Justia Florida Supreme Court Opinion Summaries

Articles Posted in Election Law
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The Supreme Court approved for placement on the ballot an initiative petition to amend the Florida Constitution titled "All Voters Vote in Primary Elections for State Legislature, Governor, and Cabinet," holding that the Initiative complies with the single-subject requirement of Fla. Const. art. XI, 3 and that the ballot title and summary comply with the requirements of Fla. Stat. 101.161(1). Specifically, the Court held (1) the Initiative does not substantially alter or perform the functions of multiple branches of government and therefore complies with the single-subject requirement of article XI, section 3; and (2) the ballot title and summary comply with the requirements of section 101.161(1). View "Advisory Opinion to Attorney General Re All Voters Vote in Primary Elections for State Legislature, Governor & Cabinet" on Justia Law

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In this advisory opinion, the Supreme Court approved for placement on the ballot a proposed amendment entitled "Voter Approval of Constitutional Amendments," holding that the proposed amendment complies with the single-subject requirement of Fla. Const. art. XI, 3 and that the ballot title and summary comply with Fla. Stat. 101.161(1). The proposed amendment would amend sections 5 and 7 of article XI of the Florida Constitution. The Attorney General petitioned the Supreme Court for an opinion on whether the proposed amendment was valid. The Supreme approved the proposed amendment for placement on the ballot, determining (1) the proposed amendment meets the single-subject requirement; and (2) the ballot title and summary comply with section 101.161(1). View "Advisory Opinion to the Attorney General re Voter Approval of Constitutional Amendments" on Justia Law

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In this advisory opinion, the Supreme Court approved a proposed amendment, which would amend article VI, section 2 of the Florida Constitution, for placement on the ballot, concluding that the proposed amendment complied with the single-subject requirement of article XI, section 3 of the Florida Constitution and that the ballot title and summary complied with Fla. Stat. 101.161(1). The initiative petition at issue here was titled "Citizen Requirement to Vote in Florida Elections." The Attorney General petitioned the Supreme Court for an advisory opinion regarding the validity of the initiative petition. The Supreme Court approved the proposed amendment, concluding that the proposed amendment meets the single-subject requirement and that the ballot title and summary meet the respective word-limitation requirements of section 101.161(1). View "Advisory Opinion to Attorney General re Citizenship Requirement to Vote in Florida Elections" on Justia Law

Posted in: Election Law
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The Supreme Court rendered this advisory opinion to address the issue of the validity of a citizen initiative petition circulated pursuant to Fla. Const. art. XI, 3, concluding that the proposed initiative should not be placed on the ballot. The initiative at issue was sponsored by Citizens for Energy Choices and titled "Right to Competitive Energy Market for Customers of Investor-Owned Utilities; Allowing Energy Choice." In opposing the initiative, the Attorney General argued that the ballot title and summary failed adequately to inform the voters of "the true meaning and ramifications of the proposed amendment." Specifically at issue was whether the ballot summary affirmatively misled voters to believe that the initiative grants a right to sell electricity. The Supreme Court concluded that the ballot summary was affirmatively misleading and thus did not comply with Fla. Stat. 101.161(1). View "Advisory Opinion to the Attorney General re Right to Competitive Energy Market for Customers of Investor-Owned Utilities; Allowing Energy Choice" on Justia Law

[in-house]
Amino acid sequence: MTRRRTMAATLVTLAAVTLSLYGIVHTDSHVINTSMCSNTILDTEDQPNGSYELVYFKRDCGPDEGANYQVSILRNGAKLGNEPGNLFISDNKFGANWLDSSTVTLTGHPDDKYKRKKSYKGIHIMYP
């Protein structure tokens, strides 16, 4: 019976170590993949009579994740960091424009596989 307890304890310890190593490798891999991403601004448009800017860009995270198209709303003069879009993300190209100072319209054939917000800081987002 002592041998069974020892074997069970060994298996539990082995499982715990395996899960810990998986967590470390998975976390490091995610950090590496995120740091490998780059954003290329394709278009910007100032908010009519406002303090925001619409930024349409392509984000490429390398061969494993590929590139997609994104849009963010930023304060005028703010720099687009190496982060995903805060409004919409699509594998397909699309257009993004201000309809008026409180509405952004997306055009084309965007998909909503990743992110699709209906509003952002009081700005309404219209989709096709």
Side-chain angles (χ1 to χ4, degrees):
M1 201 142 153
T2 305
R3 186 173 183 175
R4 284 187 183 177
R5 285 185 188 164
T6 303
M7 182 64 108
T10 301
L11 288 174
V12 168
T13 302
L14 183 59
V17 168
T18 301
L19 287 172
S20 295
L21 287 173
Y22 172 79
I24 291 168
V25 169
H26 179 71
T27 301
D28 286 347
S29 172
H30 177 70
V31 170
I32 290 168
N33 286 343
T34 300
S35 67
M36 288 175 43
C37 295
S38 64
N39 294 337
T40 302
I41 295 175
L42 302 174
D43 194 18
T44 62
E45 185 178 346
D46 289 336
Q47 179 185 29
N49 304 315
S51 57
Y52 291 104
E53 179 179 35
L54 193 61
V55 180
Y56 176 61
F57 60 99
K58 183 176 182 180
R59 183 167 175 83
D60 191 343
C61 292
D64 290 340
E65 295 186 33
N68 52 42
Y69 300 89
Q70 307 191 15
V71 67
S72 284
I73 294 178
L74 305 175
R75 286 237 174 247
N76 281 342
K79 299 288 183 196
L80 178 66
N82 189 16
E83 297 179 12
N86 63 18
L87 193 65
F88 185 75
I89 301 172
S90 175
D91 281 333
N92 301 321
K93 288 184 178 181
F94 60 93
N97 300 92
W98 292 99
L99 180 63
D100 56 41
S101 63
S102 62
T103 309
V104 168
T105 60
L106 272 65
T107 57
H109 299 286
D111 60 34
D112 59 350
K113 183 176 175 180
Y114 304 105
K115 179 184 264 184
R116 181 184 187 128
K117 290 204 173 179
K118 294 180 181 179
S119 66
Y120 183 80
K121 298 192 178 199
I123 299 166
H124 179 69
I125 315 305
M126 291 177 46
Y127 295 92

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The Supreme Court approved a proposed amendment titled "Raising Florida's Minimum Wage" for placement on the ballot but refused to review a financial impact statement prepared by the Financial Impact Estimating Conference (FIEC), holding that this Court lacked jurisdiction to do so. The Attorney General of Florida petitioned the Supreme Court for an advisory opinion on the validity of a proposed citizen initiative amendment to the Florida Constitution requesting review of the compliance of the proposed amendment with constitutional and statutory requirements. The Attorney General further requested an opinion addressing the compliance of the corresponding financial impact statement with Fla. Stat. 100.371. The Supreme Court held (1) the initiative petition and proposed ballot title and summary for the proposed amendment met the legal requirements of Fla. Const. art. XI, 3 and Fla. Stat. 101.161(1); and (2) this Court does not have original jurisdiction to review financial impact statements. View "Advisory Opinion to the Attorney General Re Raising Florida's Minimum Wage" on Justia Law